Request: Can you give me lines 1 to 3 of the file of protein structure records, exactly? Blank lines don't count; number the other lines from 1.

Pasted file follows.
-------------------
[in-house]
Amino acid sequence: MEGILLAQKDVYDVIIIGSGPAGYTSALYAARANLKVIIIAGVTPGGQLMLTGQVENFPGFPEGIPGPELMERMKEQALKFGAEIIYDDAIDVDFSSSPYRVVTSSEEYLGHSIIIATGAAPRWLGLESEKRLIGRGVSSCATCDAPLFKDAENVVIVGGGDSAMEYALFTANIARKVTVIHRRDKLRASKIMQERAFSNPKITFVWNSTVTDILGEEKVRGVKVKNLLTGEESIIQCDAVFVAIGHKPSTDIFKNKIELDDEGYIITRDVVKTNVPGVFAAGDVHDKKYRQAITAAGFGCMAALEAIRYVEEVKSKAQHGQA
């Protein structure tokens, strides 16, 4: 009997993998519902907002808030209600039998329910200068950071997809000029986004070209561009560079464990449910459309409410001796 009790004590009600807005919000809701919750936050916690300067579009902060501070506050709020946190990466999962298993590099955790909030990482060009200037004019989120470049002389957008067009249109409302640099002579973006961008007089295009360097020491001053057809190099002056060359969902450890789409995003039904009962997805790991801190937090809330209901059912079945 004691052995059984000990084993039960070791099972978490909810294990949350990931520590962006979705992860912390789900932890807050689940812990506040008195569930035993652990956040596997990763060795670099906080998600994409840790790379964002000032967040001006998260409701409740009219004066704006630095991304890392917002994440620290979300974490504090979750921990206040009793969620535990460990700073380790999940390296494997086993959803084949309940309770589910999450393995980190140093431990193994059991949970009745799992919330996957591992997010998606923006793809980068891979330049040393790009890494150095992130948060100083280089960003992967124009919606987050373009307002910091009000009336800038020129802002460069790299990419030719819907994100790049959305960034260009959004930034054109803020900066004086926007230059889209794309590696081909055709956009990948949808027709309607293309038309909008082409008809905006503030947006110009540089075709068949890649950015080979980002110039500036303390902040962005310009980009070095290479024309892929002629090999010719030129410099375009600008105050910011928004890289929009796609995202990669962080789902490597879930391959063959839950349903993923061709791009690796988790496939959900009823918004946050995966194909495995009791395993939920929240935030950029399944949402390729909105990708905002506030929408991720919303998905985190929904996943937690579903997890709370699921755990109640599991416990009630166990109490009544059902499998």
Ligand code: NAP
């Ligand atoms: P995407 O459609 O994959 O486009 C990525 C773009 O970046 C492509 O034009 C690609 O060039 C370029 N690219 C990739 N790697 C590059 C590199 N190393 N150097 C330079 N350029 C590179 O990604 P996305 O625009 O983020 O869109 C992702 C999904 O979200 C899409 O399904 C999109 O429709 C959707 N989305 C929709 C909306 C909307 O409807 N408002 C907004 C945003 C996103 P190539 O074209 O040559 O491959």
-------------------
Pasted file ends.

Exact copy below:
[in-house]
Amino acid sequence: MEGILLAQKDVYDVIIIGSGPAGYTSALYAARANLKVIIIAGVTPGGQLMLTGQVENFPGFPEGIPGPELMERMKEQALKFGAEIIYDDAIDVDFSSSPYRVVTSSEEYLGHSIIIATGAAPRWLGLESEKRLIGRGVSSCATCDAPLFKDAENVVIVGGGDSAMEYALFTANIARKVTVIHRRDKLRASKIMQERAFSNPKITFVWNSTVTDILGEEKVRGVKVKNLLTGEESIIQCDAVFVAIGHKPSTDIFKNKIELDDEGYIITRDVVKTNVPGVFAAGDVHDKKYRQAITAAGFGCMAALEAIRYVEEVKSKAQHGQA
């Protein structure tokens, strides 16, 4: 009997993998519902907002808030209600039998329910200068950071997809000029986004070209561009560079464990449910459309409410001796 009790004590009600807005919000809701919750936050916690300067579009902060501070506050709020946190990466999962298993590099955790909030990482060009200037004019989120470049002389957008067009249109409302640099002579973006961008007089295009360097020491001053057809190099002056060359969902450890789409995003039904009962997805790991801190937090809330209901059912079945 004691052995059984000990084993039960070791099972978490909810294990949350990931520590962006979705992860912390789900932890807050689940812990506040008195569930035993652990956040596997990763060795670099906080998600994409840790790379964002000032967040001006998260409701409740009219004066704006630095991304890392917002994440620290979300974490504090979750921990206040009793969620535990460990700073380790999940390296494997086993959803084949309940309770589910999450393995980190140093431990193994059991949970009745799992919330996957591992997010998606923006793809980068891979330049040393790009890494150095992130948060100083280089960003992967124009919606987050373009307002910091009000009336800038020129802002460069790299990419030719819907994100790049959305960034260009959004930034054109803020900066004086926007230059889209794309590696081909055709956009990948949808027709309607293309038309909008082409008809905006503030947006110009540089075709068949890649950015080979980002110039500036303390902040962005310009980009070095290479024309892929002629090999010719030129410099375009600008105050910011928004890289929009796609995202990669962080789902490597879930391959063959839950349903993923061709791009690796988790496939959900009823918004946050995966194909495995009791395993939920929240935030950029399944949402390729909105990708905002506030929408991720919303998905985190929904996943937690579903997890709370699921755990109640599991416990009630166990109490009544059902499998």